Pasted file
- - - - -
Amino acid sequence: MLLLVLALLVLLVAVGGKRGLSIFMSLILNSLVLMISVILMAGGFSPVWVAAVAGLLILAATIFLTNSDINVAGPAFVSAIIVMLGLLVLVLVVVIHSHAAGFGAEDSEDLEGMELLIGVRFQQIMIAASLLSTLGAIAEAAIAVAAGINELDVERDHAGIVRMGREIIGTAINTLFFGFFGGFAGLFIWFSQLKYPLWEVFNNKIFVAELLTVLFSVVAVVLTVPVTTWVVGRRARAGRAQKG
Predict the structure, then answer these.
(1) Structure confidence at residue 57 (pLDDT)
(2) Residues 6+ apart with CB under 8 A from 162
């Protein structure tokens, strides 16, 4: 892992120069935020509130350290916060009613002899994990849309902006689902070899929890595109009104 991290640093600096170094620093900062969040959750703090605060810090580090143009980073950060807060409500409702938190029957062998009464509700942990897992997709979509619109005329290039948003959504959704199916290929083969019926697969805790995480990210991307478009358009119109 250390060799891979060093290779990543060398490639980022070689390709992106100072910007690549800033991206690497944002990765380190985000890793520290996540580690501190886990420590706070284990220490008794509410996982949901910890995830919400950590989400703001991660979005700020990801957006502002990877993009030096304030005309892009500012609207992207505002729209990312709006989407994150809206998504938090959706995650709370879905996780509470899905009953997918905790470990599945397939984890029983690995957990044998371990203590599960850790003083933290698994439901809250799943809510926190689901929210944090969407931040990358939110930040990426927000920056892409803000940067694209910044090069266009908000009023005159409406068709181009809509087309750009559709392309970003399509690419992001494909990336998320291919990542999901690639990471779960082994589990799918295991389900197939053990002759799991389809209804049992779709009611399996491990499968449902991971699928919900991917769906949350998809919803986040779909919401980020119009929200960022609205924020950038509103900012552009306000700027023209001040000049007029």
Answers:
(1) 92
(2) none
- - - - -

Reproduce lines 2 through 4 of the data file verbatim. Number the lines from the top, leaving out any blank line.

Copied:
Predict the structure, then answer these.
(1) Structure confidence at residue 57 (pLDDT)
(2) Residues 6+ apart with CB under 8 A from 162